Is Your Organization Prepared?
Video Conferencing, Live Event Streaming, Video On Demand, Digital Signage, Security Camera systems and Video Chat are all different forms of video communications. By video communications, I mean a communication that is watched and heard. According to Cisco’s data, video is the biggest and fastest growing segment of all Internet traffic.
Video traffic used by Consumers in 2015 is already more than 60% of all Internet traffic and by 2019 Cisco predicts it will grow by 2.5 times, accounting for almost 70% of all Internet traffic. See Figure 1.
Business video is the fastest growing segment in the enterprise use of the Internet. In 2015 it accounts for just under 8% of the global IP traffic, the 4th largest category, but by 2019, it will become the 2nd largest global IP traffic category accounting for 11% of global IP traffic.
Growing by more than 3 times between 2015 and 2019, Business video will be the fastest growing segment of global IP traffic. Business global IP video traffic will grow from 5,711 Petabytes in 2015 to 18,618 Petabytes in 2019.
Why is business video usage growing so much?
Video is, by-far, the most compelling communications method to engage customers and employees. It is also the most effective method for disseminating company-wide information.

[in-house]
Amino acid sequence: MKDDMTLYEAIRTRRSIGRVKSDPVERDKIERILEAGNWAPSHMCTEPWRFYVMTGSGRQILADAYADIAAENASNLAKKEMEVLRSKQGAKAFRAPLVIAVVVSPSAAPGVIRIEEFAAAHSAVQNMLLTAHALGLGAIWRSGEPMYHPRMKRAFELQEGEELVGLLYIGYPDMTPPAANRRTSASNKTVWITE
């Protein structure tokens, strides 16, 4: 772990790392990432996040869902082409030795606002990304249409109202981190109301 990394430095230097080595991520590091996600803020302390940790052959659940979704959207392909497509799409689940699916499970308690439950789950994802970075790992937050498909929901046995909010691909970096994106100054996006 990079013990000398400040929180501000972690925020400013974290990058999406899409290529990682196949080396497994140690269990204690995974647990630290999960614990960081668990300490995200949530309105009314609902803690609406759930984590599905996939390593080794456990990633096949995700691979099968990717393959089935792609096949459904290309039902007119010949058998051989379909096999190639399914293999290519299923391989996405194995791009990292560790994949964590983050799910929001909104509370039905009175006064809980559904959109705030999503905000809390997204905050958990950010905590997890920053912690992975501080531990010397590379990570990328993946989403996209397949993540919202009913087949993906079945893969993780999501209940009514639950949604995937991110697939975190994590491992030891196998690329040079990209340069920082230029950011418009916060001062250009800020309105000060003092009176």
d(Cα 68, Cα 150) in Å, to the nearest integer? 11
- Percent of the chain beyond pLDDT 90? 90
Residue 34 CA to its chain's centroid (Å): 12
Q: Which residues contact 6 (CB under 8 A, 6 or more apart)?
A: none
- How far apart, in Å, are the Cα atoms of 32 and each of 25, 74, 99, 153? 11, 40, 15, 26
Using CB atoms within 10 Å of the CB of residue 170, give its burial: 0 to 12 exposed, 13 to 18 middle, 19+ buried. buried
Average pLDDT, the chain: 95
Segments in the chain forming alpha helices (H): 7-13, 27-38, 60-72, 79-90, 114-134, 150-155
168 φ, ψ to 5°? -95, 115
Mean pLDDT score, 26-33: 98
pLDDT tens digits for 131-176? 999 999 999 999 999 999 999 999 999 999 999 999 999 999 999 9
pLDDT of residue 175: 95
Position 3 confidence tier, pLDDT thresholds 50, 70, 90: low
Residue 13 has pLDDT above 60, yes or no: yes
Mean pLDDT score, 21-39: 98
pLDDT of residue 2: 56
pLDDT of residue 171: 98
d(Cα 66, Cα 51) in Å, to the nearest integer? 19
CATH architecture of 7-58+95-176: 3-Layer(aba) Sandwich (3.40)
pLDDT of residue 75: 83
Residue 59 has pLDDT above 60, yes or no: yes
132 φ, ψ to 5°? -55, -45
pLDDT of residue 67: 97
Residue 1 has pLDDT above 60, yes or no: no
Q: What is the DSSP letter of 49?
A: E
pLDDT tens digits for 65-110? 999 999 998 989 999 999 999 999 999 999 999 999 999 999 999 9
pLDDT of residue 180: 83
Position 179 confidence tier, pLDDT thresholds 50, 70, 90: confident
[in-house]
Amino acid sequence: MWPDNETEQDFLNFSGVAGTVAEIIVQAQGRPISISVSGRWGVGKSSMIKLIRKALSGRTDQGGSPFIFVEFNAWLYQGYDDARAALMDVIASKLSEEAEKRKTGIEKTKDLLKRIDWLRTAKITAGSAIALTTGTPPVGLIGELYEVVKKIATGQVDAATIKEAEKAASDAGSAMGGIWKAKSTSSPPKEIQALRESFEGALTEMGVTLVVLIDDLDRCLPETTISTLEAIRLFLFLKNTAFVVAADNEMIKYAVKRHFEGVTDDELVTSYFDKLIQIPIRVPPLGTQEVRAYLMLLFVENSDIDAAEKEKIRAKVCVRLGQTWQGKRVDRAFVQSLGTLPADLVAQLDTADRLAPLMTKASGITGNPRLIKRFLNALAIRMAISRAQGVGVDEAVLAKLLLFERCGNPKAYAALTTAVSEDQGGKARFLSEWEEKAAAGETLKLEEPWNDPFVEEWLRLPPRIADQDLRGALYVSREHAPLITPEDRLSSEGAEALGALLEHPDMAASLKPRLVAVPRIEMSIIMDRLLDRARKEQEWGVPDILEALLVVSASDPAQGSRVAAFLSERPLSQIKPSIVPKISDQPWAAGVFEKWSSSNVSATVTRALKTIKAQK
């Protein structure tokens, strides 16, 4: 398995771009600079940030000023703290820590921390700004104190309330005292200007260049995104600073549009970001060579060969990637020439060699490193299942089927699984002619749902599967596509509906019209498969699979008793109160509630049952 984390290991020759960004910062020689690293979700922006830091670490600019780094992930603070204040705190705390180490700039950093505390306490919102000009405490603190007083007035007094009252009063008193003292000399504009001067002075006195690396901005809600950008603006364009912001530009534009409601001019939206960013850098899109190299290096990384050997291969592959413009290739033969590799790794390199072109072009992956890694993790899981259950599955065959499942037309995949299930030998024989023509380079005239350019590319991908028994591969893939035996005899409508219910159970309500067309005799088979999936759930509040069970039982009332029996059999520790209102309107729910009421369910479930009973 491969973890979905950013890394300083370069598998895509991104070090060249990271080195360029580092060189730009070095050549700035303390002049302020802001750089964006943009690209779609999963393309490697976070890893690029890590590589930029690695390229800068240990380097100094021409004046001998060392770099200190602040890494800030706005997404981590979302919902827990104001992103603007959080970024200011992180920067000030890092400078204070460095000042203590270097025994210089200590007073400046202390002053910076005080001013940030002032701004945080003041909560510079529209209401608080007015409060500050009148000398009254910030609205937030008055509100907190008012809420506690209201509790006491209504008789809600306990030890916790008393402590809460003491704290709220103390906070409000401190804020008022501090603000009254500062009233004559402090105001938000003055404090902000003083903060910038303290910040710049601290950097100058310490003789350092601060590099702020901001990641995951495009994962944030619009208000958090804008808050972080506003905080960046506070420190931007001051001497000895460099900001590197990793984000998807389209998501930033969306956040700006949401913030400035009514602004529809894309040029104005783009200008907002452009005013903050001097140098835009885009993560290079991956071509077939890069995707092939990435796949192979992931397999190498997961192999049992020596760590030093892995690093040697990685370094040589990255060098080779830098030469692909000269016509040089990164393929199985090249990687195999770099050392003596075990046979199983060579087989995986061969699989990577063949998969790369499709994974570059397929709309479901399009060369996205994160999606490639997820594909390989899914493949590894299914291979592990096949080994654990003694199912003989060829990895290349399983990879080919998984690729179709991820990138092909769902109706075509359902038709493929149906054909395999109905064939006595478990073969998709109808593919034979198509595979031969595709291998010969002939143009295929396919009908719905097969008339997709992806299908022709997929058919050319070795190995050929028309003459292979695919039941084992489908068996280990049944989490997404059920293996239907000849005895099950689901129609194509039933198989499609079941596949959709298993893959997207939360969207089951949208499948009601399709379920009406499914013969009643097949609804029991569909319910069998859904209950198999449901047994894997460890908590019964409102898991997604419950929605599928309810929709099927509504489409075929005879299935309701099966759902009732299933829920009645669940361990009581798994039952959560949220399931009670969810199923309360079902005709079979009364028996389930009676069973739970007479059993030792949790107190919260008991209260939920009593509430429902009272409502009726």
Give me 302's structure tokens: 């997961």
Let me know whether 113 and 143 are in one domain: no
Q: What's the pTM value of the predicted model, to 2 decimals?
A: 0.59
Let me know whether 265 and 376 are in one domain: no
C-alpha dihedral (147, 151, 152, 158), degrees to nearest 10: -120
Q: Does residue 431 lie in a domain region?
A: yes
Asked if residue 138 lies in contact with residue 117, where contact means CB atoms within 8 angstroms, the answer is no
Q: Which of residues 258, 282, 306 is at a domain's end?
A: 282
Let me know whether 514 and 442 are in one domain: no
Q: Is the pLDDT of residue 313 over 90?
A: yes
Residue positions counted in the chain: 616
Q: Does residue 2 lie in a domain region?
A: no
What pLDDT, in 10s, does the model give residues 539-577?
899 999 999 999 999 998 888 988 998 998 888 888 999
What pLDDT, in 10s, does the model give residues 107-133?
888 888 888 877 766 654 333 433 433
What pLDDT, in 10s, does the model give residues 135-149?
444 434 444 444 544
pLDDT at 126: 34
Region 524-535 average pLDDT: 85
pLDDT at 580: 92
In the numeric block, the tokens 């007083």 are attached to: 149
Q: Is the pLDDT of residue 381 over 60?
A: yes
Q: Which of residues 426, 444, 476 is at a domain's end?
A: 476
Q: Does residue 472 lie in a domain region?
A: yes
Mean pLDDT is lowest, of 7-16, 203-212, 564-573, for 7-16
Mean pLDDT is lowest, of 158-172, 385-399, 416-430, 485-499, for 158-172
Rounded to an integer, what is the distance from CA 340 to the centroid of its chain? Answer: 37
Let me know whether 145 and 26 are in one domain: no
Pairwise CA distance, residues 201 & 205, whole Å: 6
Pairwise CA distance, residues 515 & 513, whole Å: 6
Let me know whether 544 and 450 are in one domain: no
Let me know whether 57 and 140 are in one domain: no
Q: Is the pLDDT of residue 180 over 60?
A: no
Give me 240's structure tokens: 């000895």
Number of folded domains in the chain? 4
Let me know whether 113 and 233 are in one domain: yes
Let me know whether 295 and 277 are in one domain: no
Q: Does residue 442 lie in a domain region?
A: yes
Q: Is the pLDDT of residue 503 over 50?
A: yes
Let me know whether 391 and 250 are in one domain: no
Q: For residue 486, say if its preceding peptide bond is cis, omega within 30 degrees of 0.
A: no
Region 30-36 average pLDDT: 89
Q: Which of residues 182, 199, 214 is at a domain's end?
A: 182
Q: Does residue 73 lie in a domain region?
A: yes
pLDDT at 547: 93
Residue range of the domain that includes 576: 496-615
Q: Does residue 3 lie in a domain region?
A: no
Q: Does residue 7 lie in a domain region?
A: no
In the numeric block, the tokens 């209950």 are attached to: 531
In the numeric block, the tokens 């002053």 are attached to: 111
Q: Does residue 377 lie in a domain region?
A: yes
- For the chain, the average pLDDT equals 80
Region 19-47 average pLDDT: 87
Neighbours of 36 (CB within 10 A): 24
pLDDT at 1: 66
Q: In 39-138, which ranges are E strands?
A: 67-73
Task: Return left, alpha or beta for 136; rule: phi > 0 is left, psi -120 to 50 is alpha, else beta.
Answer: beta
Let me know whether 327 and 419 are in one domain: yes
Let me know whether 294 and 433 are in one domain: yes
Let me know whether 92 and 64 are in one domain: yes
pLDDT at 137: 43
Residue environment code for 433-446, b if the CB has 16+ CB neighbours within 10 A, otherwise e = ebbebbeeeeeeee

Business video communications, in all its forms, should be something that is important to every CEO and CIO. Unlike the consumer video traffic segment, business video is not dominated by the streaming of entertainment such as movies and TV shows. The business video segment of global IP traffic is made up of the following primary categories of video usage (in no particular order):
- Video Conferencing
- Live Event Streaming
- Video on Demand (VoD)
- Digital Signage
- Security Camera (streaming and VoD)
- Video chat
Each of these segments can be considered as a market on its own, but more and more there will be relationships between these segments, and businesses that are able to easily connect them together will realize advantages over their peers.
When an enterprise deploys a new technical capability, they need to make sure that the solutions are up to snuff in order to fit into the enterprise IT world. Security is always the primary concern but it is certainly not the only criterion that a new IT solution will have to pass the test on. Here are some items to consider: